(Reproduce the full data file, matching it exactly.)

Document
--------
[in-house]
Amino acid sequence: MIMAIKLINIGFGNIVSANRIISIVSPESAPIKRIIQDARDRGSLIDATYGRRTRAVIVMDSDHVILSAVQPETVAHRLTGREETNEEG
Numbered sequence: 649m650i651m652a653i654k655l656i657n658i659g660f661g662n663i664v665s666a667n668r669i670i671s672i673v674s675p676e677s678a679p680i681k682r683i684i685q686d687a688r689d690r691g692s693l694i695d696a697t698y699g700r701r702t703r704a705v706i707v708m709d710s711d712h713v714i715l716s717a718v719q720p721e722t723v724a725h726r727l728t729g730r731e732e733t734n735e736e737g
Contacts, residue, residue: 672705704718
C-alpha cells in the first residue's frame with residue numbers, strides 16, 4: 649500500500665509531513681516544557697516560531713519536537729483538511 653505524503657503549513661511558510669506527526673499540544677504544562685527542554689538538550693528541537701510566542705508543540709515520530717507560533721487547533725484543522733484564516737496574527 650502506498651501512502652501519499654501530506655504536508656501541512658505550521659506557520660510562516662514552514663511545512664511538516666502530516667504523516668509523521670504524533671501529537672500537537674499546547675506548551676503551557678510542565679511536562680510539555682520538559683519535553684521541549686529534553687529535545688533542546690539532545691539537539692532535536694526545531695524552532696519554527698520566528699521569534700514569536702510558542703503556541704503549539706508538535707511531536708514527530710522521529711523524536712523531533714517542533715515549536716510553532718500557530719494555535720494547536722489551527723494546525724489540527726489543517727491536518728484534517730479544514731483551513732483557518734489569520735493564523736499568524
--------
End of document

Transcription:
[in-house]
Amino acid sequence: MIMAIKLINIGFGNIVSANRIISIVSPESAPIKRIIQDARDRGSLIDATYGRRTRAVIVMDSDHVILSAVQPETVAHRLTGREETNEEG
Numbered sequence: 649m650i651m652a653i654k655l656i657n658i659g660f661g662n663i664v665s666a667n668r669i670i671s672i673v674s675p676e677s678a679p680i681k682r683i684i685q686d687a688r689d690r691g692s693l694i695d696a697t698y699g700r701r702t703r704a705v706i707v708m709d710s711d712h713v714i715l716s717a718v719q720p721e722t723v724a725h726r727l728t729g730r731e732e733t734n735e736e737g
Contacts, residue, residue: 672705704718
C-alpha cells in the first residue's frame with residue numbers, strides 16, 4: 649500500500665509531513681516544557697516560531713519536537729483538511 653505524503657503549513661511558510669506527526673499540544677504544562685527542554689538538550693528541537701510566542705508543540709515520530717507560533721487547533725484543522733484564516737496574527 650502506498651501512502652501519499654501530506655504536508656501541512658505550521659506557520660510562516662514552514663511545512664511538516666502530516667504523516668509523521670504524533671501529537672500537537674499546547675506548551676503551557678510542565679511536562680510539555682520538559683519535553684521541549686529534553687529535545688533542546690539532545691539537539692532535536694526545531695524552532696519554527698520566528699521569534700514569536702510558542703503556541704503549539706508538535707511531536708514527530710522521529711523524536712523531533714517542533715515549536716510553532718500557530719494555535720494547536722489551527723494546525724489540527726489543517727491536518728484534517730479544514731483551513732483557518734489569520735493564523736499568524